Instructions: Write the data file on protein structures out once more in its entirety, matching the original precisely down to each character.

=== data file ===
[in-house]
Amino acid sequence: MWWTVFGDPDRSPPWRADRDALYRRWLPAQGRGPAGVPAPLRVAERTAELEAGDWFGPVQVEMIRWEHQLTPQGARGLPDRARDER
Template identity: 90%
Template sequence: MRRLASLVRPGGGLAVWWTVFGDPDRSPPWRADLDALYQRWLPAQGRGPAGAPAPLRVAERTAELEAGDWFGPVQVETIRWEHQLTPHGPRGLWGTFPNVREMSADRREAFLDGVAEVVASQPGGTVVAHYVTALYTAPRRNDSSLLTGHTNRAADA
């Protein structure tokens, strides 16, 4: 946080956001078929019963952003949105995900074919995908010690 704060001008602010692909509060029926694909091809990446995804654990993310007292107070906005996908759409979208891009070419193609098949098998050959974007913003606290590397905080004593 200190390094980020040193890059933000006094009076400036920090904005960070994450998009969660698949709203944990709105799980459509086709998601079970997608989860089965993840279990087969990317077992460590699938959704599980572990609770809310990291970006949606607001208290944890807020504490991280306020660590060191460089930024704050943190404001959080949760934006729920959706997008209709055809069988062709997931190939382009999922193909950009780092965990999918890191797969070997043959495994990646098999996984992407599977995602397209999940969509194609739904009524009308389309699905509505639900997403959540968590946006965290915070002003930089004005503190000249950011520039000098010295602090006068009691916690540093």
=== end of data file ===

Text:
[in-house]
Amino acid sequence: MWWTVFGDPDRSPPWRADRDALYRRWLPAQGRGPAGVPAPLRVAERTAELEAGDWFGPVQVEMIRWEHQLTPQGARGLPDRARDER
Template identity: 90%
Template sequence: MRRLASLVRPGGGLAVWWTVFGDPDRSPPWRADLDALYQRWLPAQGRGPAGAPAPLRVAERTAELEAGDWFGPVQVETIRWEHQLTPHGPRGLWGTFPNVREMSADRREAFLDGVAEVVASQPGGTVVAHYVTALYTAPRRNDSSLLTGHTNRAADA
């Protein structure tokens, strides 16, 4: 946080956001078929019963952003949105995900074919995908010690 704060001008602010692909509060029926694909091809990446995804654990993310007292107070906005996908759409979208891009070419193609098949098998050959974007913003606290590397905080004593 200190390094980020040193890059933000006094009076400036920090904005960070994450998009969660698949709203944990709105799980459509086709998601079970997608989860089965993840279990087969990317077992460590699938959704599980572990609770809310990291970006949606607001208290944890807020504490991280306020660590060191460089930024704050943190404001959080949760934006729920959706997008209709055809069988062709997931190939382009999922193909950009780092965990999918890191797969070997043959495994990646098999996984992407599977995602397209999940969509194609739904009524009308389309699905509505639900997403959540968590946006965290915070002003930089004005503190000249950011520039000098010295602090006068009691916690540093």